Type             Personal Relevance         Buying Interest

Dialogue               323                              78%

Announcer           301                              68%

Drama                  270                              64%

Commercials using a dialogue were better than the standard announcer technique but those using a dramatic format did less well in producing buying interest and relevance. The complications of the dramatic form apparently are harder to get across on TV than on radio.


Three client commercials and two for a new brand of frozen dessert that was competitive to one of the client commercials were tested by a syndicated service. (McCollum-Spielman)

The service administered a shortened version of the Relevance word list in the form of a check list (respondents checked "yes" or "no'). In addition the audience was asked to fill out the service's standard intention-to-buy scale that was always used with new products.

                                    Buying Interest        Relevance

Client type A                         70                      120

Client type B                          58                     114

Competition type A (new)     58                     111

Competition type B (old)       46                      97

Client type C                          46                      90

Results show perfect agreement even though fewer Relevance words were used by the service and the manner of responding was a simple check instead of a five-point rating. New product commercials is an area where the use of an intention-to-buy scale is fairly common and more defensible than with established brands. The fact that buying intention and the Relevance words were in agreement in this situation implies that Relevance might be useful in evaluating new products.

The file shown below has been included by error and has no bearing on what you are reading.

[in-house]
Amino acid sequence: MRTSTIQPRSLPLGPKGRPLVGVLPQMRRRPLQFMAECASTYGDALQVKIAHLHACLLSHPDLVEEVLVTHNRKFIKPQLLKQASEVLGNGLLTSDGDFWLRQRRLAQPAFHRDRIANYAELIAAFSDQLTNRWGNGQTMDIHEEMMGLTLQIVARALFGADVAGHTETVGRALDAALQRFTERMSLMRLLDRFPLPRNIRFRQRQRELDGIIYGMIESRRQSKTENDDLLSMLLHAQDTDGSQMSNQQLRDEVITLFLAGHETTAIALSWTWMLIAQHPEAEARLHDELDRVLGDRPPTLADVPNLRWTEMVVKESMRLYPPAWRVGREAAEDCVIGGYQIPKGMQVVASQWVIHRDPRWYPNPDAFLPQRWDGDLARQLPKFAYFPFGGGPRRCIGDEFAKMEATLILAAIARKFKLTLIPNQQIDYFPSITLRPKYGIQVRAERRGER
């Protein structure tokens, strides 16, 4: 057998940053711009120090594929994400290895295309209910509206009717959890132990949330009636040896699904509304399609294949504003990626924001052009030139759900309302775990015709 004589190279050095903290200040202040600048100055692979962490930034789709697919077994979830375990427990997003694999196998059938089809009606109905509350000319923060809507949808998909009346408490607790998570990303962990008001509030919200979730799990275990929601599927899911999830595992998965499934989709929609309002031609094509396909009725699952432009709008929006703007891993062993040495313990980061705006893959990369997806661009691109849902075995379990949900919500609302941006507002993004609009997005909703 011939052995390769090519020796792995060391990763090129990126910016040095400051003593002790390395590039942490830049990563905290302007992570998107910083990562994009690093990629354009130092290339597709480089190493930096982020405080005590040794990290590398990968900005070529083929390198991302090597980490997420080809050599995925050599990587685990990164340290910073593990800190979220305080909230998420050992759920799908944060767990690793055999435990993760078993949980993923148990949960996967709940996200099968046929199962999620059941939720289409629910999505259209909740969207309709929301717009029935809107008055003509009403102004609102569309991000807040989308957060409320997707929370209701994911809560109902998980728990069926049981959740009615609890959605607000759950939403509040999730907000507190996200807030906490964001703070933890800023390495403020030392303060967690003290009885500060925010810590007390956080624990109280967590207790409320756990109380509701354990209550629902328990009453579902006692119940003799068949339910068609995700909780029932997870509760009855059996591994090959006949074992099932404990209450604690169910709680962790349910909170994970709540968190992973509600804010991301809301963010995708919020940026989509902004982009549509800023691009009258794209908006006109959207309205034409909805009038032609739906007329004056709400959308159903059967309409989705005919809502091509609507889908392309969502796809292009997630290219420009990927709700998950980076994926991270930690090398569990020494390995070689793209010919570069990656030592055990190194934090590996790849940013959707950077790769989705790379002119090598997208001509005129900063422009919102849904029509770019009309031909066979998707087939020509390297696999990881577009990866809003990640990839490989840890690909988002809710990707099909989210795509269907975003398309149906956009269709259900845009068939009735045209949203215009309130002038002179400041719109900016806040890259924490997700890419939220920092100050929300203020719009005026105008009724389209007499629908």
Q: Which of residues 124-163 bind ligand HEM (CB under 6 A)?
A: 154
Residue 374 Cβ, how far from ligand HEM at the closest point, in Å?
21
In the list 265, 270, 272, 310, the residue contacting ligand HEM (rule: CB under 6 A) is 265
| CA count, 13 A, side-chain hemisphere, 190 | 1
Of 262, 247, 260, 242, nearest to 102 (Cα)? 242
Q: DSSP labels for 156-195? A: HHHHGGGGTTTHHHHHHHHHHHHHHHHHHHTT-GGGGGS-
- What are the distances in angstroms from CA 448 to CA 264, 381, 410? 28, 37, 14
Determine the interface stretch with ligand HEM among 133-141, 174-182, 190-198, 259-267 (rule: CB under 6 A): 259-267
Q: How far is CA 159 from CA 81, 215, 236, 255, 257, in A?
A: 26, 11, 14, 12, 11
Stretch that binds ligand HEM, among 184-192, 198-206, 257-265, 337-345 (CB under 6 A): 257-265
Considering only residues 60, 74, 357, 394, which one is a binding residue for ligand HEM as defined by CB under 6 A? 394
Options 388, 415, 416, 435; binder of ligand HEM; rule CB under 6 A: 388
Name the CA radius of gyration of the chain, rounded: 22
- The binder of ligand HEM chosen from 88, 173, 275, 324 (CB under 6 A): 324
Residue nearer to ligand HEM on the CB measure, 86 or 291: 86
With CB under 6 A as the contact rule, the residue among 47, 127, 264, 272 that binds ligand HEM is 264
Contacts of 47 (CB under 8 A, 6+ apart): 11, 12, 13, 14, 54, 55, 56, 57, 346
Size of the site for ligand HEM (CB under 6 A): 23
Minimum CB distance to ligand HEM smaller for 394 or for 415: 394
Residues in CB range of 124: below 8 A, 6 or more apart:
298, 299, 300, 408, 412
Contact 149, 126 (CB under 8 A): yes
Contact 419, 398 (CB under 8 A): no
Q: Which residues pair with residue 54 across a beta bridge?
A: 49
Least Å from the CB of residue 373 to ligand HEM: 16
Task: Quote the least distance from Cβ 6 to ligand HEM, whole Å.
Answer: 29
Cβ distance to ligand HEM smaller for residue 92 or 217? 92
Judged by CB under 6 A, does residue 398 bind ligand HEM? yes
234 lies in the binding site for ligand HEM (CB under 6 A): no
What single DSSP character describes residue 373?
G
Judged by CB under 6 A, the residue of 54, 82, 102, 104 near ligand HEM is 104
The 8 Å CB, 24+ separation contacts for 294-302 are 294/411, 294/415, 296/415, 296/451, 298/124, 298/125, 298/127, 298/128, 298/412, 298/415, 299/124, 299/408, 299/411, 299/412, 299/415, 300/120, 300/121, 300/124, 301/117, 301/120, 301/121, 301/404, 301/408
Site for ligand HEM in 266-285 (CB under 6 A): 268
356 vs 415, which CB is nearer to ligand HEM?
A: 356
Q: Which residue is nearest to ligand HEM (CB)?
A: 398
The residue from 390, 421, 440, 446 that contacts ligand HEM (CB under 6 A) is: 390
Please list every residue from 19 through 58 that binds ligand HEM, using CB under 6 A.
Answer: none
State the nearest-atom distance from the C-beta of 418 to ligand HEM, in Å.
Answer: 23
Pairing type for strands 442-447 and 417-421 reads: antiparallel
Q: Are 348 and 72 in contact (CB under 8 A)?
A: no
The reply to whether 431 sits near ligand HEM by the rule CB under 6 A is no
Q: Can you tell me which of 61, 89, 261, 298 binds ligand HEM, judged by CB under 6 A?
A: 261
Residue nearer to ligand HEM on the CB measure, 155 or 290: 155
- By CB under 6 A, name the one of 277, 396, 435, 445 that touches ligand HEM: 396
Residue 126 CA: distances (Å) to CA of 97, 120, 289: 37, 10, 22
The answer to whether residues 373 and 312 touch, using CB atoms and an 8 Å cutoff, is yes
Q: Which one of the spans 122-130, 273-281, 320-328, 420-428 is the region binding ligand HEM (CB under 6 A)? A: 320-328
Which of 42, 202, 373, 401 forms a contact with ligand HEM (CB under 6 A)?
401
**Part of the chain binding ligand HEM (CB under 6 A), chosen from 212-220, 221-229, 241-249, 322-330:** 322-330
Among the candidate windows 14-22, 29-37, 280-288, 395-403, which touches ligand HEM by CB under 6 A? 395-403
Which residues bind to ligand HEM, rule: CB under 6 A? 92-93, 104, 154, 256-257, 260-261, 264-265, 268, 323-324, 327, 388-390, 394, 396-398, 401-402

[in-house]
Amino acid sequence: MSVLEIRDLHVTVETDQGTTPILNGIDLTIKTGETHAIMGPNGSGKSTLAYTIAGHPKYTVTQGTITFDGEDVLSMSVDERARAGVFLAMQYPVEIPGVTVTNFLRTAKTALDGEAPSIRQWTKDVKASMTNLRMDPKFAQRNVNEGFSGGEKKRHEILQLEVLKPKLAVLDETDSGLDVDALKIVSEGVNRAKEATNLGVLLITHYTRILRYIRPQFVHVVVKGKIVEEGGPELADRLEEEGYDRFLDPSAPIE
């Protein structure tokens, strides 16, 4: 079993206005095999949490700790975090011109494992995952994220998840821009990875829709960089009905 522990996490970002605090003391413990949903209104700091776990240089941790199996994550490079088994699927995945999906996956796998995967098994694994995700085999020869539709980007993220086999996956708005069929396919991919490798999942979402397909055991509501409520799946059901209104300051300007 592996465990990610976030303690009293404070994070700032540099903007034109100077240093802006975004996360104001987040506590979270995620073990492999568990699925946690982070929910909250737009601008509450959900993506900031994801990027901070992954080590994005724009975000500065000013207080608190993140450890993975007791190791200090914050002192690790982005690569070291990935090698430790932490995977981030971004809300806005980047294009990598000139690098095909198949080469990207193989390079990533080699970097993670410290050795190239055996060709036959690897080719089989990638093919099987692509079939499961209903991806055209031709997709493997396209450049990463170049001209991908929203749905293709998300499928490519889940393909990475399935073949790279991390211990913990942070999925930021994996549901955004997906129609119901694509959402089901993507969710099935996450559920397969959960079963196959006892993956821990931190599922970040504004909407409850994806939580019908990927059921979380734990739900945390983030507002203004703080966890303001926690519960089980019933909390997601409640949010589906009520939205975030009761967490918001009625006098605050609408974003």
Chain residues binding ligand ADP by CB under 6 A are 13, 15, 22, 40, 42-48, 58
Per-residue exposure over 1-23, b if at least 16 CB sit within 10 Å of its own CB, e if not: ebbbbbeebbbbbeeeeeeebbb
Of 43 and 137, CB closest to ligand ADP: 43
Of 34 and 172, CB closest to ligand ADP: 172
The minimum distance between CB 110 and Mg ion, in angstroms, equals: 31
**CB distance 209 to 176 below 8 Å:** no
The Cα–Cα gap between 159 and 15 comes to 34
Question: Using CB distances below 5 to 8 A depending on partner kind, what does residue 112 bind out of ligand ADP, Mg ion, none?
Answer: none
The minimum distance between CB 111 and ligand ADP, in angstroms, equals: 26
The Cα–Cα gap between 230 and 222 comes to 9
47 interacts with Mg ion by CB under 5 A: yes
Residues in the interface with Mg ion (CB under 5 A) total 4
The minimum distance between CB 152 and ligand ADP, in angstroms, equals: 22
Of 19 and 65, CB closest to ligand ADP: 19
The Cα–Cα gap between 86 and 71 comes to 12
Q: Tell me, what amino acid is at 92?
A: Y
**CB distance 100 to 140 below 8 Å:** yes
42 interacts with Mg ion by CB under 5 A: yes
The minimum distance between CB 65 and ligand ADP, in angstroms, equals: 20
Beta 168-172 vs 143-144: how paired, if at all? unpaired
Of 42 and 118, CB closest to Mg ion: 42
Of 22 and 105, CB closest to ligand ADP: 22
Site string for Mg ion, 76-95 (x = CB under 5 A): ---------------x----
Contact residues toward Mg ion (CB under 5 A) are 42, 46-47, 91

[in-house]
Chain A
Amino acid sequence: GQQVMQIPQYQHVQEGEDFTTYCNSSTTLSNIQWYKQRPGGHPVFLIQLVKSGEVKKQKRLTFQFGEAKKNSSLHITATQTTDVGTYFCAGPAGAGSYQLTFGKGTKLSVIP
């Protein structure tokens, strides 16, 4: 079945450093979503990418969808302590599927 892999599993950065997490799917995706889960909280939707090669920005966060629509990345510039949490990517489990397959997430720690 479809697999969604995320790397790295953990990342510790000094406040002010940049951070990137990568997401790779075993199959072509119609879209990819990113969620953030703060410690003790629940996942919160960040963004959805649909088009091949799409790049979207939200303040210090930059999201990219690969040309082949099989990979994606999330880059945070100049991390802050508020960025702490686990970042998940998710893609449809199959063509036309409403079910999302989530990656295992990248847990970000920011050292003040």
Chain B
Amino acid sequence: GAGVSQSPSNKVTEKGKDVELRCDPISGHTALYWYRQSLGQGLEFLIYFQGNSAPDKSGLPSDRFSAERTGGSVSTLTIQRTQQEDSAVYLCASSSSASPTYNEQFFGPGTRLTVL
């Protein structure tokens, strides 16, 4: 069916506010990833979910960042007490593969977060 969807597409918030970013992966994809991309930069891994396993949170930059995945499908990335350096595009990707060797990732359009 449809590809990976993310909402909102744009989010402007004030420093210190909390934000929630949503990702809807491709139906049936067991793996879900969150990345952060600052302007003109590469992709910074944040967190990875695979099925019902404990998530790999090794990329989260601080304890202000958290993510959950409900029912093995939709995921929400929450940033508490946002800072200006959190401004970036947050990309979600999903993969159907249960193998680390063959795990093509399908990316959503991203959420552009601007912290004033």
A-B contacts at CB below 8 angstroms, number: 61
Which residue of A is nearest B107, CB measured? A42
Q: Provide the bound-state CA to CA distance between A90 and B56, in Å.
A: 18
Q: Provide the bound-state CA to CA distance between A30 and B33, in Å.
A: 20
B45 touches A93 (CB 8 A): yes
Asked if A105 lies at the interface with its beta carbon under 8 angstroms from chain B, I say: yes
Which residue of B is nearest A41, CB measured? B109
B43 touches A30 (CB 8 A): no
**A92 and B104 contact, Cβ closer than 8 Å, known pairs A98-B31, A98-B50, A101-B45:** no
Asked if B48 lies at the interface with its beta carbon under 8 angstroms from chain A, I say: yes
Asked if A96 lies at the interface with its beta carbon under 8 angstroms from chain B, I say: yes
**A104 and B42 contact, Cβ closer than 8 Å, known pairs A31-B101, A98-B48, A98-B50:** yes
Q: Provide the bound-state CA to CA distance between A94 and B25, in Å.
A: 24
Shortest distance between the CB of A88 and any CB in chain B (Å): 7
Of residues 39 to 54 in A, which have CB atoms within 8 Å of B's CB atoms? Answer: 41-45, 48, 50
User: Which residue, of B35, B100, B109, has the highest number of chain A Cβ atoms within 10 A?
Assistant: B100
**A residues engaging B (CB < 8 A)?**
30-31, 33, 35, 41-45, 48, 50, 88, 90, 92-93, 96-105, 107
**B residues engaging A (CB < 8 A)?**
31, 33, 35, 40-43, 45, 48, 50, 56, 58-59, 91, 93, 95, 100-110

Two gasoline commercials were tested: one corporate--and one product-oriented

                 Personal Relevance

corporate         297

product             348

The product-oriented commercial has a much higher degree of personal relevance for ordinary consumers. The results might have been different if the test had been carried out on stockholders or employees.


The lowest and highest ASI pre-post change scores for 60-second carryout food product commercials were compared. The Personal Relevance averages done with 30 people in the Burnett Laboratory were also lowest and highest for eight 60-second commercials tested.

                       Percent Change    Personal Relevance

pre-post high          13                           341

pre-post low              1                          241